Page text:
We shoot a heap of houses at Open2view. But a church? Well, that’s somewhat less common.
Wallaceville Church was built in 1893 by the Presbyterian Assembly, and now it could be yours. You’ll have to be quick though, if the experience of current owners, Alan and Heidi McGhie, is anything to go by.
“We purchased the church in November, 2002,” Heidi told us by email. ‘We drove past it one summer when we were dating, and it looked so lovely we stopped, waded through the long grass and peered through the windows. I even commented to my now husband, Alan, “Wouldn’t it be neat to own one day?”
“And what do you know, not long after that, it was mentioned in our local paper that they had three offers on it already and it was going to be decided the next evening who they would sell to. Within 24 hours we had an offer faxed through and we won the tender. Just like that.”
‘One Hundred Years of Worship,’ compiled by Len Gorrie and Phyllis Macnab, contains plenty of the church’s history up to 1993.
The history of the church is essentially the story of Wallaceville. It was intended that the building be the hub of the village, and for a while it appeared it would be.
The 108-seat church was built by a Mr Whitcher of Petone at a cost of 97 pounds. At the opening ceremony/picnic social in November 1893, the Petone Chronicle reported excitement unseen in the valley since Pakeha first settlement.
Sunday services were heavily attended in the church’s early days. In 1905 it hosted its first wedding. Records also show suggestions that the building host socials “in the week previous to the full moon.” Perhaps, surmised Gorrie, “the moon played a part in the success of the social.” Alternatively, perhaps full moons gave rise to behaviour unsuitable in a place of worship.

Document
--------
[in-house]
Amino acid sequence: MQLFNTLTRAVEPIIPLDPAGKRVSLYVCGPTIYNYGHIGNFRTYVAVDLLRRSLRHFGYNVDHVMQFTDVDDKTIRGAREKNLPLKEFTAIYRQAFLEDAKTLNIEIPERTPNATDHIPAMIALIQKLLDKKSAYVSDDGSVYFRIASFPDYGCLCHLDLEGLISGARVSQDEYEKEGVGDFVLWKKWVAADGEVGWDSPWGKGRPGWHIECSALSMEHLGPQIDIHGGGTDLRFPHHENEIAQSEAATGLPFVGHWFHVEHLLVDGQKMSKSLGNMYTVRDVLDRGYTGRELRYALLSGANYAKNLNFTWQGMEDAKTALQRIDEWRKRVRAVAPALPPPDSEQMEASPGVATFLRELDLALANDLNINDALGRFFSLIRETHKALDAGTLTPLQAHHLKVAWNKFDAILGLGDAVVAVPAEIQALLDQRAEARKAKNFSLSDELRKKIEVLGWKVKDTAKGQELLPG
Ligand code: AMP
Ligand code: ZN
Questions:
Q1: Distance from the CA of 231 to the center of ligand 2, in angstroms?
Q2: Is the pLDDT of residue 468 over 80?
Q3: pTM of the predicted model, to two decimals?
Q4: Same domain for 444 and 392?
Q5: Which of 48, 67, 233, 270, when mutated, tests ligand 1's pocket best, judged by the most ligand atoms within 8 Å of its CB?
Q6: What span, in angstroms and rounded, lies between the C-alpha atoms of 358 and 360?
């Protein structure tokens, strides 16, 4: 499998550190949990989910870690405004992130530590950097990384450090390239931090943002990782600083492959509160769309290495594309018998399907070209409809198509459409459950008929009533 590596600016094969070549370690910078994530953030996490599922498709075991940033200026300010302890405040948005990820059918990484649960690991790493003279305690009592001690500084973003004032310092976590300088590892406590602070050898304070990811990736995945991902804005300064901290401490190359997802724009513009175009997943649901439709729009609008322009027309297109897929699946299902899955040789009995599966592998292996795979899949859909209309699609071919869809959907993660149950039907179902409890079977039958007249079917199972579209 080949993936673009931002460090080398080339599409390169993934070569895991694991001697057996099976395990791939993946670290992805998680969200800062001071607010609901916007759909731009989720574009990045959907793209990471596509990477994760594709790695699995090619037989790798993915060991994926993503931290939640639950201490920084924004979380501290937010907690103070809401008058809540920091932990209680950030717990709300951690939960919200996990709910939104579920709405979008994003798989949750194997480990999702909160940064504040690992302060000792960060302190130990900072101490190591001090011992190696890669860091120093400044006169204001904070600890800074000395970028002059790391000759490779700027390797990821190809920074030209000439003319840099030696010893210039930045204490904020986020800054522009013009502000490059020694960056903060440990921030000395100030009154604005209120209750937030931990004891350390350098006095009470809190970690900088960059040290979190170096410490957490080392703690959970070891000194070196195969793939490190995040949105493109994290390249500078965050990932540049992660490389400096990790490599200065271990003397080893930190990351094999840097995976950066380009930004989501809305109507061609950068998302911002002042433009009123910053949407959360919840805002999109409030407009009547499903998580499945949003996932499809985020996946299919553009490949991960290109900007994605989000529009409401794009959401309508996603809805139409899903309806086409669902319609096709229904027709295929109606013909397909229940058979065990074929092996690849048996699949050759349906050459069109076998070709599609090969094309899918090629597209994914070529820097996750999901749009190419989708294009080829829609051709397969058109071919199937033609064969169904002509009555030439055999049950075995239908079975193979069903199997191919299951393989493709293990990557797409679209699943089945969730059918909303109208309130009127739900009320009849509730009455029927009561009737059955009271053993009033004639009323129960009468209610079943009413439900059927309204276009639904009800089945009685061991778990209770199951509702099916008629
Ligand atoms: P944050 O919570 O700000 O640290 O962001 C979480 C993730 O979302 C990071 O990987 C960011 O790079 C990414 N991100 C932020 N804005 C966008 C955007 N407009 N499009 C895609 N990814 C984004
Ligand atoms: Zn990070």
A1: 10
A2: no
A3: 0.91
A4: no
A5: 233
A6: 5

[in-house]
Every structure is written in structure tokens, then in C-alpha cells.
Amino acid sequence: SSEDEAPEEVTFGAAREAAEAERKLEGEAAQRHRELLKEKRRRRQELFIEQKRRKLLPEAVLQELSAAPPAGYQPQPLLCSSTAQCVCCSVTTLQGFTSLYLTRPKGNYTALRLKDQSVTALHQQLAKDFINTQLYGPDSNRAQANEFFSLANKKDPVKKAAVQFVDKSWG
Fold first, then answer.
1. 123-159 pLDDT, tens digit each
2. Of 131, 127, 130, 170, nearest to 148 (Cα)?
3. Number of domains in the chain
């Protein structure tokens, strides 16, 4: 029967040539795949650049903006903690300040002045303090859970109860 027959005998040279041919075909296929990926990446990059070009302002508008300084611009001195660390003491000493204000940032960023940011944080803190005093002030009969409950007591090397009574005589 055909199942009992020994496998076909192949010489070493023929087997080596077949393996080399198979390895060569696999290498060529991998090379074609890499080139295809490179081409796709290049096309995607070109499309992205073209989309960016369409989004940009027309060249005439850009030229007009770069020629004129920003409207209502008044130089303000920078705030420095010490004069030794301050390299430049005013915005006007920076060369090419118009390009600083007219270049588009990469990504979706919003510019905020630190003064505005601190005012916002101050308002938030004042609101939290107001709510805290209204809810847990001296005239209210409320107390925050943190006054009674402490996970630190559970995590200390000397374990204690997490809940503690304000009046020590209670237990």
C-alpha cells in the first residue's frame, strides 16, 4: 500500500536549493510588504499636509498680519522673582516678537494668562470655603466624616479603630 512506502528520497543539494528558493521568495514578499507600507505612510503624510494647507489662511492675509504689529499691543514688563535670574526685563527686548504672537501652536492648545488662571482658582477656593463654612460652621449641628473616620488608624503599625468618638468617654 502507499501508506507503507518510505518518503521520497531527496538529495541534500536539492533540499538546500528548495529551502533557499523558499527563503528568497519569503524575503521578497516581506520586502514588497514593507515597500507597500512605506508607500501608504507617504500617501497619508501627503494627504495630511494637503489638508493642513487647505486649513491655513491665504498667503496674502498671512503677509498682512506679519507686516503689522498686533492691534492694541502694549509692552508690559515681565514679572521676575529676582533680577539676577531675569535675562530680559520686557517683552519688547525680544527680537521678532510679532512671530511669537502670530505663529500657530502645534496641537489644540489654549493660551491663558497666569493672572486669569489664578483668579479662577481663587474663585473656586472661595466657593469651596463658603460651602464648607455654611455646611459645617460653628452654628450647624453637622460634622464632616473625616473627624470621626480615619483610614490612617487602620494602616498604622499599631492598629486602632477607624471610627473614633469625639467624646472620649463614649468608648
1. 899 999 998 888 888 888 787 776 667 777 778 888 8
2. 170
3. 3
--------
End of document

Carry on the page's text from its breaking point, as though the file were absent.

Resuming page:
With some churches in the area struggling to balance the books, the Co-operating Parish (a union of the local Methodist and Presbyterian congregations, later renamed the Upper Hutt Uniting Parish) was formed in 1976.
By 1983, however, Phyllis Macnab reported an average of just eight people coming to services. Many families had, she wrote, “moved away, or married into a different denomination or prefer to attend worship at Upper Hutt… [the building] is no longer the centre of the district.”
Fast-forward to 2002. New owners Alan and Heidi bought the building from the Parish and hosted many weddings in the 11 years since. It has also found use as a film set, the host of a poetry evening, county school fairs and was “part of many garden tours raising money for the Life Flight Trust.” Annual Christmas services, run by the Parish, are also “a big hit.”
Little about the building has changed; the powder room is a relatively new feature, but much is as it was when built. The wrought iron gates are the originals. The pedal organ is “nearly as old as the church” and still forms the soundtrack for many a wedding. The christening font remains there, along with, says Heidi, a “record of christenings which… dates back to the very early 1900s.”
Open2view’s local, Liz Evans, jumped at the chance to photograph the property.
“The church would be up there in uniqueness,” she said. “I haven’t photographed a church before!”
Photographing a church brought its share of unique challenges. “It was dark inside and full of wood,” explains Liz, “which absorbs the flash produced from the camera’s external flash instead of bouncing the light off walls. So I exposed for the windows and had a slow shutter speed.” Ultimately, as with any challenge, the secret to successful photos is to take a whole lot of them.
So what now for the McGhies? Heidi and Alan plan to carry on with their other business, Almack Electrical, and do some more crayfishing.
“We love adventures and life is short,” says Heidi, “so, for us, it is time to move on. We’ll certainly miss the place!”
Check out the photos of this amazing property and it’s easy to see why. There’s an on site auction on 19 October; check out the photos on our site, then head along for your chance to own this wonderful slice of Upper Hutt history.